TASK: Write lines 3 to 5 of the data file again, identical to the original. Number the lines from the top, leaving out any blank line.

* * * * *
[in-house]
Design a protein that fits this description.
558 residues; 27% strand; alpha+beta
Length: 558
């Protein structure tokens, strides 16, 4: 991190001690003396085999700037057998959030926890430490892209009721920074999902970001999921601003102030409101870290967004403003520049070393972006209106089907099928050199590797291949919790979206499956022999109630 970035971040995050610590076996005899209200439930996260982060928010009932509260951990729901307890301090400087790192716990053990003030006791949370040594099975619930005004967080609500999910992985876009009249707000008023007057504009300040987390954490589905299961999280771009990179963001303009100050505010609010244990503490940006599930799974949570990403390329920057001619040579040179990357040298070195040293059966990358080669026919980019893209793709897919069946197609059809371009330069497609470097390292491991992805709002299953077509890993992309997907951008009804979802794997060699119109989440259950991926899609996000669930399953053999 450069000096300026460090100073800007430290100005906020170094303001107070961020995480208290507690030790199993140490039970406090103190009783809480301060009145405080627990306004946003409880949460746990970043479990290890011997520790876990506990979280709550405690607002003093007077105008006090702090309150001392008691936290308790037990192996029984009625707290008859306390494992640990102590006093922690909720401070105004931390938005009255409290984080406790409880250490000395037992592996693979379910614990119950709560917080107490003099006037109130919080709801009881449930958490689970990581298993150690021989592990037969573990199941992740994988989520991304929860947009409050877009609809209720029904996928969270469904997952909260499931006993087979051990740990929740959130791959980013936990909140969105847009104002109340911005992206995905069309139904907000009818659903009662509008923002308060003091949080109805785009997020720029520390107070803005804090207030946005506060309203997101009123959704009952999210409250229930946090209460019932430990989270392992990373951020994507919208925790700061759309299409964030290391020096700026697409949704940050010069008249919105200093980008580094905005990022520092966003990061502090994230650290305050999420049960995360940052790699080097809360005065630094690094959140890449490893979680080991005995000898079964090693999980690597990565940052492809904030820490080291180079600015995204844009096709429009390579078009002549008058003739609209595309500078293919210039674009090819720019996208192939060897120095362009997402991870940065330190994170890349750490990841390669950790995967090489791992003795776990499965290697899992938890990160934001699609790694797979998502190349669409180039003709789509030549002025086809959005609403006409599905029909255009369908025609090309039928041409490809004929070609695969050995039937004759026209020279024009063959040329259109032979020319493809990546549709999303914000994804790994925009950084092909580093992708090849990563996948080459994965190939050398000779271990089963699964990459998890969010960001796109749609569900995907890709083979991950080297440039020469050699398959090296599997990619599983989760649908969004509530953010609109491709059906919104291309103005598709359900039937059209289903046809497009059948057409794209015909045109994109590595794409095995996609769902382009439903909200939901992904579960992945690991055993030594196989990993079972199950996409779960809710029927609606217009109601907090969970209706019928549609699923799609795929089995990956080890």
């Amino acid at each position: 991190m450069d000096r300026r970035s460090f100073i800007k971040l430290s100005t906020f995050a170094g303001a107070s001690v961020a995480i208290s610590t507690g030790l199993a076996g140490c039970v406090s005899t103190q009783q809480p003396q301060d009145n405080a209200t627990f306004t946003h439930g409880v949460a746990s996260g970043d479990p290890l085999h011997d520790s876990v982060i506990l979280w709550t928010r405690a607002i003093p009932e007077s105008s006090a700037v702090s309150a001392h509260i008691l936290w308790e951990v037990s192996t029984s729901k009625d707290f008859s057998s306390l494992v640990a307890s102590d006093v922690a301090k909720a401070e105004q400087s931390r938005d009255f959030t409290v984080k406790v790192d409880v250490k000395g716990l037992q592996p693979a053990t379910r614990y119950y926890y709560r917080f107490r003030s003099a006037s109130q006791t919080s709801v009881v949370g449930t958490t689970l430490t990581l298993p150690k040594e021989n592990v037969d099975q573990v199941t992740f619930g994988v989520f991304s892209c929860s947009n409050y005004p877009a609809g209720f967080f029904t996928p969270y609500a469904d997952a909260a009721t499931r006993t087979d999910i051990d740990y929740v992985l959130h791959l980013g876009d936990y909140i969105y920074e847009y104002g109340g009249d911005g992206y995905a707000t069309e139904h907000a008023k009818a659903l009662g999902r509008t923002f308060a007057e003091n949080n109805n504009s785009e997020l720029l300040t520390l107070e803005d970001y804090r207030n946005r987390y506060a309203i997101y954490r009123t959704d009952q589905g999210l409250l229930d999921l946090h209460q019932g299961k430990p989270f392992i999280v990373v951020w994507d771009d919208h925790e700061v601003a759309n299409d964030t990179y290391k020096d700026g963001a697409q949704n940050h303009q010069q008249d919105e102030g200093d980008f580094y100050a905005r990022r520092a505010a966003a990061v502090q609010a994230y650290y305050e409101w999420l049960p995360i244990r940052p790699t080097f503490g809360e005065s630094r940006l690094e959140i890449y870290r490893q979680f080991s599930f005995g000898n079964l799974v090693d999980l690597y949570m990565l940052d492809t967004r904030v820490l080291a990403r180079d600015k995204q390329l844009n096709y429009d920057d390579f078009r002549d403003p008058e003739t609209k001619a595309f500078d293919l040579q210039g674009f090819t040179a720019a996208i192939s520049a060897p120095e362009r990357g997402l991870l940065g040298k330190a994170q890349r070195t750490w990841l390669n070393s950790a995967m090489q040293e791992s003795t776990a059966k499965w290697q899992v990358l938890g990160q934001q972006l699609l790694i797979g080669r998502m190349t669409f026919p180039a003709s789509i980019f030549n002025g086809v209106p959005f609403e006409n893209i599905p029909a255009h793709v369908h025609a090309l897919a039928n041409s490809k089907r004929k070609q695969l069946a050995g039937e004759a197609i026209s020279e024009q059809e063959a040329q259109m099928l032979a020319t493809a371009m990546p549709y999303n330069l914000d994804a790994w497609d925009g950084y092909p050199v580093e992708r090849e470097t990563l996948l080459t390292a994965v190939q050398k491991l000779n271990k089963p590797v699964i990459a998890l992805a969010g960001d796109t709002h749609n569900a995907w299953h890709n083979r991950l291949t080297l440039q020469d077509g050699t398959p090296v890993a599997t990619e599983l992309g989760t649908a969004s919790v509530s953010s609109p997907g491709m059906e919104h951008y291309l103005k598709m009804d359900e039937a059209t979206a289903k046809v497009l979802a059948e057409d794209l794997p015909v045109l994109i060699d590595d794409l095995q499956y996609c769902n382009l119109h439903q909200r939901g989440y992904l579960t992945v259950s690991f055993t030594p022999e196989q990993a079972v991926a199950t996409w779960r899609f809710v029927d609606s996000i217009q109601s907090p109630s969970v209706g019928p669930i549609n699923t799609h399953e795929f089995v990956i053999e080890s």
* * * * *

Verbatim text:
558 residues; 27% strand; alpha+beta
Length: 558
């Protein structure tokens, strides 16, 4: 991190001690003396085999700037057998959030926890430490892209009721920074999902970001999921601003102030409101870290967004403003520049070393972006209106089907099928050199590797291949919790979206499956022999109630 970035971040995050610590076996005899209200439930996260982060928010009932509260951990729901307890301090400087790192716990053990003030006791949370040594099975619930005004967080609500999910992985876009009249707000008023007057504009300040987390954490589905299961999280771009990179963001303009100050505010609010244990503490940006599930799974949570990403390329920057001619040579040179990357040298070195040293059966990358080669026919980019893209793709897919069946197609059809371009330069497609470097390292491991992805709002299953077509890993992309997907951008009804979802794997060699119109989440259950991926899609996000669930399953053999 450069000096300026460090100073800007430290100005906020170094303001107070961020995480208290507690030790199993140490039970406090103190009783809480301060009145405080627990306004946003409880949460746990970043479990290890011997520790876990506990979280709550405690607002003093007077105008006090702090309150001392008691936290308790037990192996029984009625707290008859306390494992640990102590006093922690909720401070105004931390938005009255409290984080406790409880250490000395037992592996693979379910614990119950709560917080107490003099006037109130919080709801009881449930958490689970990581298993150690021989592990037969573990199941992740994988989520991304929860947009409050877009609809209720029904996928969270469904997952909260499931006993087979051990740990929740959130791959980013936990909140969105847009104002109340911005992206995905069309139904907000009818659903009662509008923002308060003091949080109805785009997020720029520390107070803005804090207030946005506060309203997101009123959704009952999210409250229930946090209460019932430990989270392992990373951020994507919208925790700061759309299409964030290391020096700026697409949704940050010069008249919105200093980008580094905005990022520092966003990061502090994230650290305050999420049960995360940052790699080097809360005065630094690094959140890449490893979680080991005995000898079964090693999980690597990565940052492809904030820490080291180079600015995204844009096709429009390579078009002549008058003739609209595309500078293919210039674009090819720019996208192939060897120095362009997402991870940065330190994170890349750490990841390669950790995967090489791992003795776990499965290697899992938890990160934001699609790694797979998502190349669409180039003709789509030549002025086809959005609403006409599905029909255009369908025609090309039928041409490809004929070609695969050995039937004759026209020279024009063959040329259109032979020319493809990546549709999303914000994804790994925009950084092909580093992708090849990563996948080459994965190939050398000779271990089963699964990459998890969010960001796109749609569900995907890709083979991950080297440039020469050699398959090296599997990619599983989760649908969004509530953010609109491709059906919104291309103005598709359900039937059209289903046809497009059948057409794209015909045109994109590595794409095995996609769902382009439903909200939901992904579960992945690991055993030594196989990993079972199950996409779960809710029927609606217009109601907090969970209706019928549609699923799609795929089995990956080890």